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Court upholds mandatory vaccine policy – Placing employee on unpaid leave not constructive dismissal

Mark Tector and Ben Currie

While there have been a number of arbitration decisions on the subject, Parmar v Tribe Management Inc., 2022 BCSC 1675 appears to be the first reported civil court decision to consider whether placing a non-unionized employee on an unpaid leave of absence for failure to comply with a mandatory vaccination policy (“MVP”) is constructive dismissal.

Ultimately, the Court found that the MVP was a reasonable response to the COVID-19 pandemic and Ms. Parmar made the choice not to comply with it; therefore, she was not constructively dismissed.

One way constructive dismissal occurs is where an employer makes a single unilateral change that substantially alters an essential term of the employment contract. In this context, the Court determined this issue by considering whether Tribe Management Inc.’s (“Tribe”) unilateral decision to place Ms. Parmar on unpaid leave for failure to comply with the MVP was reasonable and justified.

Tribe provides condominium management services. Ms. Parmar was an accounting professional working for Tribe with nineteen (19) years of experience in the industry. Tribe notified its employees on October 5, 2021 of its MVP and required employees to be fully vaccinated by November 24, 2021. Of Tribe’s 200 employees, only Ms. Parmar and one other employee failed to comply by the deadline. She did not claim to have a medical or religious exemption.

Ms. Parmar did not consider herself an “anti-vaxxer”, but explained that she reviewed the literature and was skeptical of the efficacy and side effects of the available vaccines. She also described that her family members experienced several adverse symptoms from the vaccine.

Ms. Parmar proposed several alternatives including working entirely from home, or on a hybrid basis with controlled visits to the office to sign cheques. She also offered to undergo frequent testing, but Tribe reiterated that the only exceptions were for medical or religious accommodation. Ms. Parmar was placed on an unpaid leave for three (3) months from December 1, 2021 to February 28, 2022. On January 25, 2022, Tribe advised Ms. Parmar that she would remain on unpaid leave until she became vaccinated or the MVP was relaxed. Ms. Parmar announced her resignation the next day and considered her employment constructively dismissed.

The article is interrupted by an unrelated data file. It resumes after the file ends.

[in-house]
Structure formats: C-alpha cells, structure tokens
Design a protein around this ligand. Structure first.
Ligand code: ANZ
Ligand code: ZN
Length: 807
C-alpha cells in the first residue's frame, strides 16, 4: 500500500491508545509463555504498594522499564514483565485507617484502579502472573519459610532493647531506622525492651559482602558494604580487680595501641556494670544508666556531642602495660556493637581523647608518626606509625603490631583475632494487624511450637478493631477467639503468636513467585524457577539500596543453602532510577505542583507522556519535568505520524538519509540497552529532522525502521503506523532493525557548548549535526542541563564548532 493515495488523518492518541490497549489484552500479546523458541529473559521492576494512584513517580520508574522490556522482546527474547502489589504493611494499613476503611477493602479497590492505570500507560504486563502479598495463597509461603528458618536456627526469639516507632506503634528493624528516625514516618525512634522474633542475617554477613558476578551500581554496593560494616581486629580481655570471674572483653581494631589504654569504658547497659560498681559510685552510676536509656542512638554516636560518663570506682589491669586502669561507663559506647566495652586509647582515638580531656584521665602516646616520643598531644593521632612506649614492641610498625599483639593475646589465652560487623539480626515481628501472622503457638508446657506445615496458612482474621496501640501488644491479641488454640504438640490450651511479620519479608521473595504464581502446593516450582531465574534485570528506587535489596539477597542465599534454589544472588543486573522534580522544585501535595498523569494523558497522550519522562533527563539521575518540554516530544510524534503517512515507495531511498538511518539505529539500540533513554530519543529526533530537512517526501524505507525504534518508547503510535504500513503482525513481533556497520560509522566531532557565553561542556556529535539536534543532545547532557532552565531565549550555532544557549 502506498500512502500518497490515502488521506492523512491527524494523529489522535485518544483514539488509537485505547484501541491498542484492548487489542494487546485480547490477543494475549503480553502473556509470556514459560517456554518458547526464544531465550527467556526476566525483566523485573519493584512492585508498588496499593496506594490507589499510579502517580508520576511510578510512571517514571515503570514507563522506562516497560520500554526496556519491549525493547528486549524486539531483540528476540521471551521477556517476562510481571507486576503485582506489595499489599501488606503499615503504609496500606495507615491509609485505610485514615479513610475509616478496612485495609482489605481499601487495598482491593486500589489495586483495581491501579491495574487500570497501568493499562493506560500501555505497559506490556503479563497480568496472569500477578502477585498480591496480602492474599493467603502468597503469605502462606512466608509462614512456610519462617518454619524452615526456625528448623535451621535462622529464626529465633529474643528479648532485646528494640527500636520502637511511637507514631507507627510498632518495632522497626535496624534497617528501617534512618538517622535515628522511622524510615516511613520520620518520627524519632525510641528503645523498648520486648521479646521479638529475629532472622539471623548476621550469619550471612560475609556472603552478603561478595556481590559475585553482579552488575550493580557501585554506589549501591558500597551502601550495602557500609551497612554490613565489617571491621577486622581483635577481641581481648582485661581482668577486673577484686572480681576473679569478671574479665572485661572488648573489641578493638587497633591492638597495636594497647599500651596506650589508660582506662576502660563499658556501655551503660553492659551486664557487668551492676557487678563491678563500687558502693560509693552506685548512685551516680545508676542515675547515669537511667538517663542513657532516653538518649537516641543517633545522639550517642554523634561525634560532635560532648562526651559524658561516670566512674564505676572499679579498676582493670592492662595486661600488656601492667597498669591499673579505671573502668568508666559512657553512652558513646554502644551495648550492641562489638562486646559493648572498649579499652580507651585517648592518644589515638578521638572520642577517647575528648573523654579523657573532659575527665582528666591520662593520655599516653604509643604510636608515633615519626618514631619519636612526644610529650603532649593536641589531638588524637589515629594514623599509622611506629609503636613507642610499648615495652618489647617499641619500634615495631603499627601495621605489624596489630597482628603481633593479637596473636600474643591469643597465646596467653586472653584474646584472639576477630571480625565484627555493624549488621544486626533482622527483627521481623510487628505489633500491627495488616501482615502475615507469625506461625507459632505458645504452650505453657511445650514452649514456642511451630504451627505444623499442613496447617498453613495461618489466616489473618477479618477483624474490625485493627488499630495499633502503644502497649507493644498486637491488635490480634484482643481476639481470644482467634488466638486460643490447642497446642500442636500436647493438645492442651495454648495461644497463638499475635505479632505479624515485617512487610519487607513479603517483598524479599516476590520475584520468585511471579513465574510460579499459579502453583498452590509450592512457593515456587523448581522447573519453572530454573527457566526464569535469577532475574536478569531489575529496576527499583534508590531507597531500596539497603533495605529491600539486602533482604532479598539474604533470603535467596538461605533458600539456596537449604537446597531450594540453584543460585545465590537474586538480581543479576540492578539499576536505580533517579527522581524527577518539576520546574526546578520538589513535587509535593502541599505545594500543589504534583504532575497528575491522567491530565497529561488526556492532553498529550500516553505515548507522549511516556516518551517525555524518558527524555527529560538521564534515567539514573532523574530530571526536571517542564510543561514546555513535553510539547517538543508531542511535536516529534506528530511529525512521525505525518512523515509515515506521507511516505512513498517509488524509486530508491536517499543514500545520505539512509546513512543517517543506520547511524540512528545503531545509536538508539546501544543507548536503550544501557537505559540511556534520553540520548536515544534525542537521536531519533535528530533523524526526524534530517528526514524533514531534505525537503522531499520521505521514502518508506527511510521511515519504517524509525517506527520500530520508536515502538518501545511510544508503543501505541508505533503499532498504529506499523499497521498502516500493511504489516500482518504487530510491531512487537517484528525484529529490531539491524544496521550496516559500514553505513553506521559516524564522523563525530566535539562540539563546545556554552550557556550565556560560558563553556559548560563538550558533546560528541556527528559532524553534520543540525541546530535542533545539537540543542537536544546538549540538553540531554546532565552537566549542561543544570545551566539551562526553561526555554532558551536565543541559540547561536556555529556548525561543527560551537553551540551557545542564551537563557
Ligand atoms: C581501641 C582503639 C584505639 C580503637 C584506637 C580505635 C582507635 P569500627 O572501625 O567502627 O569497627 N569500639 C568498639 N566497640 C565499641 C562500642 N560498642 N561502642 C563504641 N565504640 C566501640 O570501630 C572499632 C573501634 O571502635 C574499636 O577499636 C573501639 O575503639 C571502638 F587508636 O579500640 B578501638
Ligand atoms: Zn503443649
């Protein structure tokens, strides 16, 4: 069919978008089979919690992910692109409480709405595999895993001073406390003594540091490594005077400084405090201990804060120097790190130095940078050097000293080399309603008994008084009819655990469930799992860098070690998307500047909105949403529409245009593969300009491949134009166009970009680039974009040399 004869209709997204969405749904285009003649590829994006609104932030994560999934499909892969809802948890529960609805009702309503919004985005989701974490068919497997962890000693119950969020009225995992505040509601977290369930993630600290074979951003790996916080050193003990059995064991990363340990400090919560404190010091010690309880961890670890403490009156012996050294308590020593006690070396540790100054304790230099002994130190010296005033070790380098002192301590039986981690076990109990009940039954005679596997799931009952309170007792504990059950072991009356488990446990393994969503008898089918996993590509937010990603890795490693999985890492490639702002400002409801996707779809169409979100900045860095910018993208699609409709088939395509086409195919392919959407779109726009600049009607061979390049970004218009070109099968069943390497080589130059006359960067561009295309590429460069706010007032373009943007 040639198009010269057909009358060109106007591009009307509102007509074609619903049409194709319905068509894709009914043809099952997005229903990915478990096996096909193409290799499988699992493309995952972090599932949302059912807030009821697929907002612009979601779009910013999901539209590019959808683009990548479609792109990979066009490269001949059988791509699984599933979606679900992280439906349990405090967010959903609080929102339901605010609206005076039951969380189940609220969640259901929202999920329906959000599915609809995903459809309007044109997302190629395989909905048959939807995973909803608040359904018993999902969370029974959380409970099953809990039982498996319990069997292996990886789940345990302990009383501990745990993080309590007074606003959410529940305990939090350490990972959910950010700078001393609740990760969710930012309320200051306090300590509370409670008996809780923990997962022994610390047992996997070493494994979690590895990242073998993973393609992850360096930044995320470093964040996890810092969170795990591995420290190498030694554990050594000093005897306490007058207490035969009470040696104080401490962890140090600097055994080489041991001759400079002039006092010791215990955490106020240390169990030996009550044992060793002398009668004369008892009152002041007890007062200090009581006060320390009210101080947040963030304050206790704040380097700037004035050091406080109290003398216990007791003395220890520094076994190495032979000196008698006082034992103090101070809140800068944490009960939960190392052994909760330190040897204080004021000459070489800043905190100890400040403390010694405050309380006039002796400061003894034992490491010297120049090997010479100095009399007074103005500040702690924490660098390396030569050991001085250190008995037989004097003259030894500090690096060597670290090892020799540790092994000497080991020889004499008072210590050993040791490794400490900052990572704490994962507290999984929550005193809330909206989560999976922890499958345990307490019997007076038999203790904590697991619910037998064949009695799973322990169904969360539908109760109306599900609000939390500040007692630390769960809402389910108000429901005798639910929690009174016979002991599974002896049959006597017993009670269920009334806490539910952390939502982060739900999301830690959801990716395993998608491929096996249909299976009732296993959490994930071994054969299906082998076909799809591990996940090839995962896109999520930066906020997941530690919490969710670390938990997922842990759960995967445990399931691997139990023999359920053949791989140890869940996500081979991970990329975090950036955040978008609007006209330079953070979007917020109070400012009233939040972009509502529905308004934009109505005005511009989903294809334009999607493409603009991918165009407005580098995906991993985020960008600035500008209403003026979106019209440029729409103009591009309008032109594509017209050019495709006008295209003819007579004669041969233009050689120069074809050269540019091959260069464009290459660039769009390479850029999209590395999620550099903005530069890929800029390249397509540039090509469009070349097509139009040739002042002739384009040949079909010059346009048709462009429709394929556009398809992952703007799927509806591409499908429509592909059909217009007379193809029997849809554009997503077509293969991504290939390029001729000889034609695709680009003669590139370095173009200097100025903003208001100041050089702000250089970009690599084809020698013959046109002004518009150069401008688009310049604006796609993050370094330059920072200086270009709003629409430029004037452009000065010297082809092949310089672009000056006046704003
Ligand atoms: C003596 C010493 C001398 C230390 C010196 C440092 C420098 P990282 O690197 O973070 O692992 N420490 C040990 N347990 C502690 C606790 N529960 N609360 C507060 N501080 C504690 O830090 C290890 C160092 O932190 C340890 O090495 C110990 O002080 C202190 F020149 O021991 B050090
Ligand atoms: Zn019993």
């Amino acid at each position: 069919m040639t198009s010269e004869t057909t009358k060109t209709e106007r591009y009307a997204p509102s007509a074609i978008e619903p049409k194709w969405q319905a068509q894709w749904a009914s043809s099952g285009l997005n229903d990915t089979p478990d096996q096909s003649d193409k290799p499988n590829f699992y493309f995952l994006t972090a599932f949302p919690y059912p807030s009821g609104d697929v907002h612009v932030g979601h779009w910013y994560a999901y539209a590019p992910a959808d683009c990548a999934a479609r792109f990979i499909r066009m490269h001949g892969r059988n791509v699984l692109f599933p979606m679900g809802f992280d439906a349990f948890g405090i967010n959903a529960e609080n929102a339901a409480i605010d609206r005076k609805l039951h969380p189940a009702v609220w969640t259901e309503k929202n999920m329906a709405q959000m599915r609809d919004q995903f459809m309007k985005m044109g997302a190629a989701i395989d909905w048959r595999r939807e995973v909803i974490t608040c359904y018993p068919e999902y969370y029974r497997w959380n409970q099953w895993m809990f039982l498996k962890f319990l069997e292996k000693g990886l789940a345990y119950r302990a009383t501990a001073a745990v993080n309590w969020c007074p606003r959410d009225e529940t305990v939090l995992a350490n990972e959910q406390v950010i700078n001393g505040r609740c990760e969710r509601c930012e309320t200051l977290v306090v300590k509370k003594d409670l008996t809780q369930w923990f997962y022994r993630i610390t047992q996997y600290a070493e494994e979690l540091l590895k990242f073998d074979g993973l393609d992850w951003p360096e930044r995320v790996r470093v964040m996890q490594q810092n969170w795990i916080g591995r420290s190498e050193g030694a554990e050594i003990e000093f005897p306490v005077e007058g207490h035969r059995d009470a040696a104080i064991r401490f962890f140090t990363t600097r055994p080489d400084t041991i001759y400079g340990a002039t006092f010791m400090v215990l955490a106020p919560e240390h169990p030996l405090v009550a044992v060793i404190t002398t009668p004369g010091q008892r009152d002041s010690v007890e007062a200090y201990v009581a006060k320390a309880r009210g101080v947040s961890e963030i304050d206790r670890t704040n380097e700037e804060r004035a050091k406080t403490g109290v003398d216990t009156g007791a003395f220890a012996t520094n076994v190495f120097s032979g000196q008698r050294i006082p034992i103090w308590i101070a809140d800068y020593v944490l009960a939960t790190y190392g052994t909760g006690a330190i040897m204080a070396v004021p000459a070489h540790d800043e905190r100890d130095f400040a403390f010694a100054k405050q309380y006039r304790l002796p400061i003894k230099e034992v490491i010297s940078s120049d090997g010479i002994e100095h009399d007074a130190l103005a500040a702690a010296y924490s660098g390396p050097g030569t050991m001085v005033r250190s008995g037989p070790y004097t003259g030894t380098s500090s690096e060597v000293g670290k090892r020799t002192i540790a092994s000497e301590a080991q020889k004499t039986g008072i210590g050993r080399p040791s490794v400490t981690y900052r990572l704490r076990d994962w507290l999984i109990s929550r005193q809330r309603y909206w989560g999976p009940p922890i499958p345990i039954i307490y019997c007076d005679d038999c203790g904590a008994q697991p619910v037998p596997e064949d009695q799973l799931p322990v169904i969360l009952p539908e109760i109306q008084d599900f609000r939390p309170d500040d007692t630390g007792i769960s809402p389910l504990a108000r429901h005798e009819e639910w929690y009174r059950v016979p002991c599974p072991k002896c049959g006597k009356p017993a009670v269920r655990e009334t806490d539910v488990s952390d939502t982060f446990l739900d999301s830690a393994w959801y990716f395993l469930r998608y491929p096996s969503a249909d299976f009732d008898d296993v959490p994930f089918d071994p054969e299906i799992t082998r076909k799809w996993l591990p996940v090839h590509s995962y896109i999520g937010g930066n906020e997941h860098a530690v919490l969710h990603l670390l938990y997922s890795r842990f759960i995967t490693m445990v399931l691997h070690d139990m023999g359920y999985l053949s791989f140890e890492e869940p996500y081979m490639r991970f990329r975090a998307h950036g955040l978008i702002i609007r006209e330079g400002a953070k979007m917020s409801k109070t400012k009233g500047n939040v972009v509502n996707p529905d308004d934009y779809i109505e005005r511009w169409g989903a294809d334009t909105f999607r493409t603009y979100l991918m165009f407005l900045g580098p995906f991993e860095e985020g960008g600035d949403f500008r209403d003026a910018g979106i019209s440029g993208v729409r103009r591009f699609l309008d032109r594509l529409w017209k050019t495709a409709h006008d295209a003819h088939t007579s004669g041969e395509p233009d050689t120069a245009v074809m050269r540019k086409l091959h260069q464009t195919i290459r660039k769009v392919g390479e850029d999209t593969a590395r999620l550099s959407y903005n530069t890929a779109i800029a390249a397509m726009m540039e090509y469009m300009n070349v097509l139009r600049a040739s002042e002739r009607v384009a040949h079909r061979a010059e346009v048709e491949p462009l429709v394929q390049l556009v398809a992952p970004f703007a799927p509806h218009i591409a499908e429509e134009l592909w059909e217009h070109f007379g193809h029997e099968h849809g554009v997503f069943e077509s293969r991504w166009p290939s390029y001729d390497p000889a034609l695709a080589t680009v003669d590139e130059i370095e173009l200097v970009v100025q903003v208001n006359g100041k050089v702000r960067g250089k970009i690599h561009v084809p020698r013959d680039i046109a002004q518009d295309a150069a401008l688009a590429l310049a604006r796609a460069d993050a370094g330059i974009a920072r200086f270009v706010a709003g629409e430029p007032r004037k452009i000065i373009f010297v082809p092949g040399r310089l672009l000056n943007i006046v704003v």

The Court made the following findings in reaching its decision that the MVP was reasonable and that Ms. Parmar was not constructively dismissed:

  • The assessment of the reasonableness of the MVP must be considered based on the knowledge about the pandemic at the time it was implemented and in light of Tribe’s obligation to protect its employees and clients;
  • Interestingly, the Court took judicial notice that COVID-19 is potentially deadly, easily transmissible, symptoms vary by person, and that vaccines reduce the severity of symptoms and adverse outcomes despite not preventing infection or transmission;
  • The MVP reflected the employer’s statutory obligation to ensure the health and safety of all workers;
  • “Individual views of the appropriateness of the MVP do not undermine the reasonableness of the policy”;
  • Parmar’s employment contract expressly stated that she would comply with all of Tribe’s policies as amended at Tribe’s discretion, subject to the policies being lawful and reasonable;
  • Tribe did not intend to terminate Ms. Parmar’s employment as she was a valued employee and expected to return to her new role, which she was recently promoted into; and
  • Implementing a MVP was a reasonable policy choice for employers based on the extraordinary circumstance of the pandemic in October of 2021 into January of 2022 and was the prevailing approach at the time.

As the first reported decision on the enforceability of MVPs in the non-union context, this case is significant. While we will have to wait to see if other Courts in different provinces follow this approach, it is good news for other employers who have implemented MVPs, including MVPs which result in employees being placed on unpaid leaves.  It is also significant the Court took judicial notice that (1) COVID-19 is serious and potentially deadly; and (2) that vaccines are an important and effective tool in reducing the potential harm.

This client update is provided for general information only and does not constitute legal advice. If you have any questions about the above, please contact a member of our Labour and Employment group.

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